Sin has not only affected us spiritually and physically, it has also affected us mentally. In short, we don’t think straight apart from having our minds renewed by the Word of the Living God. “Professing to be wise, they became fools …” (Rom. 1.22), fools who mistake bondage for freedom, death for life, and foolishness for wisdom. It’s called the noetic effect of sin.
Isaiah 51 & 52
Isaiah 51 & 52:
What would they think …?
12 “I, even I, am He who comforts you.
Who are you that you should be afraid
Of a man who will die,
And of the son of a man who will be made like grass?
13 And you forget the LORD your Maker,
Who stretched out the heavens
And laid the foundations of the earth;
Matthew 10 says:
28 And do not fear those who kill the body but cannot kill the soul. But rather fear Him who is able to destroy both soul and body in hell. 29 Are not two sparrows sold for a copper coin? And not one of them falls to the ground apart from your Father’s will. 30 But the very hairs of your head are all numbered. 31 Do not fear therefore; you are of more value than many sparrows.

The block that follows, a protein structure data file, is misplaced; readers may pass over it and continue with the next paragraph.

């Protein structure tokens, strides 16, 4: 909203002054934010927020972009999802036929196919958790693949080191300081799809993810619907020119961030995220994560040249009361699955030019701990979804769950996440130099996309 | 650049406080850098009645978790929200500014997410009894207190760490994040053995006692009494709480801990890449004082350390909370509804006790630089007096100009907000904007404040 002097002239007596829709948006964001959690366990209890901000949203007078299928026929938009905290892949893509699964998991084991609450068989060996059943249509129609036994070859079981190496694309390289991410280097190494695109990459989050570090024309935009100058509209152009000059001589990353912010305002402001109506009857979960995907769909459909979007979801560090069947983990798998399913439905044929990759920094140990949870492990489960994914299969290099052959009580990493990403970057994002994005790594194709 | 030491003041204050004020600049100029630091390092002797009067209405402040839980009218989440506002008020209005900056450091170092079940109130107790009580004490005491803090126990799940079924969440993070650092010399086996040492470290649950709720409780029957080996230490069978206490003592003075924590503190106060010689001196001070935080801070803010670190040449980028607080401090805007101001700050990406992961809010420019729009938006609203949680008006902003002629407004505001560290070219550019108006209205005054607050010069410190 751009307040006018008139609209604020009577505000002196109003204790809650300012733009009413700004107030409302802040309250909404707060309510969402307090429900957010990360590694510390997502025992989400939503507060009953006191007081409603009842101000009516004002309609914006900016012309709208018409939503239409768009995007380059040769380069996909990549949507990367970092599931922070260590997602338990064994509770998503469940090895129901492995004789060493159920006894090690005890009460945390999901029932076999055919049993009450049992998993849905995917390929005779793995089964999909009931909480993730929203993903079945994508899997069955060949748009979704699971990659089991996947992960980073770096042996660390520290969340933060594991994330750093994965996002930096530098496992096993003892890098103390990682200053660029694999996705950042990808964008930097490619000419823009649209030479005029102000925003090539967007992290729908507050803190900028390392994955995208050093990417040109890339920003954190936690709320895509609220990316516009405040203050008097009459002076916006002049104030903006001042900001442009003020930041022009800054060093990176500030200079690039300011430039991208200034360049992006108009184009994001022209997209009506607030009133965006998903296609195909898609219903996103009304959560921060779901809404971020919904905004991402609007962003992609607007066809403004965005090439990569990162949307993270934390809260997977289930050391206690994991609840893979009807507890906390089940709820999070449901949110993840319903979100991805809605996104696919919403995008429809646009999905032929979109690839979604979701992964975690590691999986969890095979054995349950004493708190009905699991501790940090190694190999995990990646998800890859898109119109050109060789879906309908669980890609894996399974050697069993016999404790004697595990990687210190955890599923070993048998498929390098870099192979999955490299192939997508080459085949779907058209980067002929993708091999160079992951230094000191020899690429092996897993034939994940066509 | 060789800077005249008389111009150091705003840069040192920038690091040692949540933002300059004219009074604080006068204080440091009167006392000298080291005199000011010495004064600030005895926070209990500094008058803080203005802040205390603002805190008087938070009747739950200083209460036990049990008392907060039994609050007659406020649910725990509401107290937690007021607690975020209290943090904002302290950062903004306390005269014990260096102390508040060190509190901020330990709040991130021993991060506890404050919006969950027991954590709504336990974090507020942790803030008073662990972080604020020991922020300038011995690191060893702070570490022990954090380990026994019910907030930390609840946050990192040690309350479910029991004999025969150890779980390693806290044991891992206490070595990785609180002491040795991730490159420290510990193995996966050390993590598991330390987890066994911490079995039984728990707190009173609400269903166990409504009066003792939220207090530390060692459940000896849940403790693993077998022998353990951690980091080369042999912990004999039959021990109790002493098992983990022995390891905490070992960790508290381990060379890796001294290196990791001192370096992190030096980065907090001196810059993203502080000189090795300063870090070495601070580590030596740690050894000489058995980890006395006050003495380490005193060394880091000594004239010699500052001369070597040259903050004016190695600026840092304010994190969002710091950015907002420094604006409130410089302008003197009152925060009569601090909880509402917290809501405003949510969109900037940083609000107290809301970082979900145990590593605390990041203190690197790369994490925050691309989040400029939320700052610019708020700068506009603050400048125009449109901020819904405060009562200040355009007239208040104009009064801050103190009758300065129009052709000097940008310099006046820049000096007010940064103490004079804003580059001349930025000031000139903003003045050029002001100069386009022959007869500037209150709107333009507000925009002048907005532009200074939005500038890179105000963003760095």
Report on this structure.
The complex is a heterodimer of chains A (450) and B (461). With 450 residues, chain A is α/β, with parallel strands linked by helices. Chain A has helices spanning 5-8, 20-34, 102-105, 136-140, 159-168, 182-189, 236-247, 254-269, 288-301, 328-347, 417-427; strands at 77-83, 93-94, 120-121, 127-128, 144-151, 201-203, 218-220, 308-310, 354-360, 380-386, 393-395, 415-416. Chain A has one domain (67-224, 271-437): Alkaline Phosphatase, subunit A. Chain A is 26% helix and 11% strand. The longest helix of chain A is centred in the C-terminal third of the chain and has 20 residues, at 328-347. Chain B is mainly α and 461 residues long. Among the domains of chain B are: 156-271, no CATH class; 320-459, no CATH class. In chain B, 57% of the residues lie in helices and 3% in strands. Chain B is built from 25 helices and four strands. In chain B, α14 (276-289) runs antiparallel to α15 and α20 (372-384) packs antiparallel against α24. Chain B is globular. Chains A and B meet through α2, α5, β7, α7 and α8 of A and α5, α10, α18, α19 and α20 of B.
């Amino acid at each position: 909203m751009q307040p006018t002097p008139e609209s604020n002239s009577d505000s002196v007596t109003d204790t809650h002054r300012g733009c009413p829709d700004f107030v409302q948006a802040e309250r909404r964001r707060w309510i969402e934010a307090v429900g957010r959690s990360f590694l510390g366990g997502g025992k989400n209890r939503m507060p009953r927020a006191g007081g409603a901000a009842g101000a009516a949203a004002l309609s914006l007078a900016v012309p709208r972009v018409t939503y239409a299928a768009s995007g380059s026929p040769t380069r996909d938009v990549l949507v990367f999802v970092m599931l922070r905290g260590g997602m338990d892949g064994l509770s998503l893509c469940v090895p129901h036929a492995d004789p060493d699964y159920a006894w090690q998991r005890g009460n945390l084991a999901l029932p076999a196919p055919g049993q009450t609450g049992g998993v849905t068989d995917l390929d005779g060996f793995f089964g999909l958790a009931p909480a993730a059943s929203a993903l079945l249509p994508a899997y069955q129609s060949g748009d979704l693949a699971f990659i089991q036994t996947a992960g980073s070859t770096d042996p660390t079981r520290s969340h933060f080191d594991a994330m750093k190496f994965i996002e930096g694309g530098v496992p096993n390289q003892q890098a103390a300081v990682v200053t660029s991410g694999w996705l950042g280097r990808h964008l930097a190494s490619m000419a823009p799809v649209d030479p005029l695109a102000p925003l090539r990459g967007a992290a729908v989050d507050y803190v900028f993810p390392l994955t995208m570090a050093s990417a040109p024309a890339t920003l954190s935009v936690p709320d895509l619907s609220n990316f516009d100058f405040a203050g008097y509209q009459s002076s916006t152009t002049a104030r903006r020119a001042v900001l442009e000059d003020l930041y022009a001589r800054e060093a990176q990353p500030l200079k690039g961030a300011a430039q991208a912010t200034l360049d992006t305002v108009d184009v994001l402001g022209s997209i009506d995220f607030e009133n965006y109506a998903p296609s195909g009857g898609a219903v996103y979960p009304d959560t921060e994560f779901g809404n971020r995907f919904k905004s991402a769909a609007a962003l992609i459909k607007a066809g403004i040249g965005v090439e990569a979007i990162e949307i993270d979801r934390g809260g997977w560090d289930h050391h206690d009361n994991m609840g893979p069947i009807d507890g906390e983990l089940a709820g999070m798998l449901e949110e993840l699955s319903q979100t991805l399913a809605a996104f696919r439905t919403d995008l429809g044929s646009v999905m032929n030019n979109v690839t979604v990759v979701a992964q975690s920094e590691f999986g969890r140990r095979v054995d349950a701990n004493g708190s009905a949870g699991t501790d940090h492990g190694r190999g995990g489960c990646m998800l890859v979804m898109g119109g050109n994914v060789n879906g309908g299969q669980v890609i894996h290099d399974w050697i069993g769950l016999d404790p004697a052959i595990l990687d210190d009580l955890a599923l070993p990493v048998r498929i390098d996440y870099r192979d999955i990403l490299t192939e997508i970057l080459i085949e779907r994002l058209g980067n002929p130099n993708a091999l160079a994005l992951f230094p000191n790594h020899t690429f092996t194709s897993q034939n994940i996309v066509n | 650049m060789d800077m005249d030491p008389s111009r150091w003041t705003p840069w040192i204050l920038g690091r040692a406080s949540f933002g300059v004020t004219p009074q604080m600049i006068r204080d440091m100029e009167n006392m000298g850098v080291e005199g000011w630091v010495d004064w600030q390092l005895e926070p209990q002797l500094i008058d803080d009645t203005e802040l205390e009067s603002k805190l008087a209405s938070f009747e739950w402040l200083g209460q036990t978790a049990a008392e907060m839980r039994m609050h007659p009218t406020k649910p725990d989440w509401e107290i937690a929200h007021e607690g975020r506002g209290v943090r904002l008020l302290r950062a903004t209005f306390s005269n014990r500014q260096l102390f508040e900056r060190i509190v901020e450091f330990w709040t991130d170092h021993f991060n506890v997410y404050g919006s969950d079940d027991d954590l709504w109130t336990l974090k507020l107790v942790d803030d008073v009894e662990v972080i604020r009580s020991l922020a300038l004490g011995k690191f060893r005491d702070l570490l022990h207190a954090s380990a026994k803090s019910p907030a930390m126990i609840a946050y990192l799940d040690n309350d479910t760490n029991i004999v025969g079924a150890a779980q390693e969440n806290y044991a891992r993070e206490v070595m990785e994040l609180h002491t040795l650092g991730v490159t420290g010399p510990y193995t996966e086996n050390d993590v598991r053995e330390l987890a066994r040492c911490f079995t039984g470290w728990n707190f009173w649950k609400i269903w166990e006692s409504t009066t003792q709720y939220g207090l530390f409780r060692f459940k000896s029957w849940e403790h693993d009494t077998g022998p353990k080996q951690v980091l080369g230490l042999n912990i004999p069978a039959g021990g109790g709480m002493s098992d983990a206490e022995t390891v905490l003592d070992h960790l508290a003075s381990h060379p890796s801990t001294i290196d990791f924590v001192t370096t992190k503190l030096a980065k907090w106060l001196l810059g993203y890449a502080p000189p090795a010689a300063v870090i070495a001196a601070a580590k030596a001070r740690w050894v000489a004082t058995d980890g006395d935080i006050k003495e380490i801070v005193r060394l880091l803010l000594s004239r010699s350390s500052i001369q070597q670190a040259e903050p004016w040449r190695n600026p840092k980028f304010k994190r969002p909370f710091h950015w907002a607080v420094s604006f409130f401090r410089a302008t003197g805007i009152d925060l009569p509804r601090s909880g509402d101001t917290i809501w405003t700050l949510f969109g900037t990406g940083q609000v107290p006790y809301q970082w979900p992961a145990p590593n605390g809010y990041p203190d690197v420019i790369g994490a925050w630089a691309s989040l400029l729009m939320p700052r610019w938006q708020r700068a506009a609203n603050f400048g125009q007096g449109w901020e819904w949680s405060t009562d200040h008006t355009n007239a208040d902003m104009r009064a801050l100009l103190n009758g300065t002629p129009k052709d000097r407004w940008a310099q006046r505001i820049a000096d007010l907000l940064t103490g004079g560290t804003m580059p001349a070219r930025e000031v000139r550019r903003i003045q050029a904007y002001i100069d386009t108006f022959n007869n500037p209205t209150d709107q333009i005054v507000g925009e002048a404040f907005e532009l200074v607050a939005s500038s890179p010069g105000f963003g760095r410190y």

How much time we waste “fearing man”! Not just fearing what they might do to us physically, but what they think of us, what they might say about us, or how they might sin against us.
“If they find out I’m a Christian, they’ll think I’m a ‘goody-two-shoes’.”
“If I don’t have sex with my boyfriend, he might leave me.”
“If I give in to my wife, what will I tell the guys?”
“If I submit to my husband, he’ll walk all over me.”
“What would they think if they knew about my past?”
“If I don’t lie for my husband, he might lose his job.”
Proverbs 29.25 says, “The fear of man brings a snare, but whoever trusts in the LORD shall be safe.”
Do we really want to trust in that which cannot save us? It’s really no different from those Old Testament people who trusted in idols they had carved from a tree trunk or formed with their own hands—gods who are not gods.
Our concerns need to be: Continue reading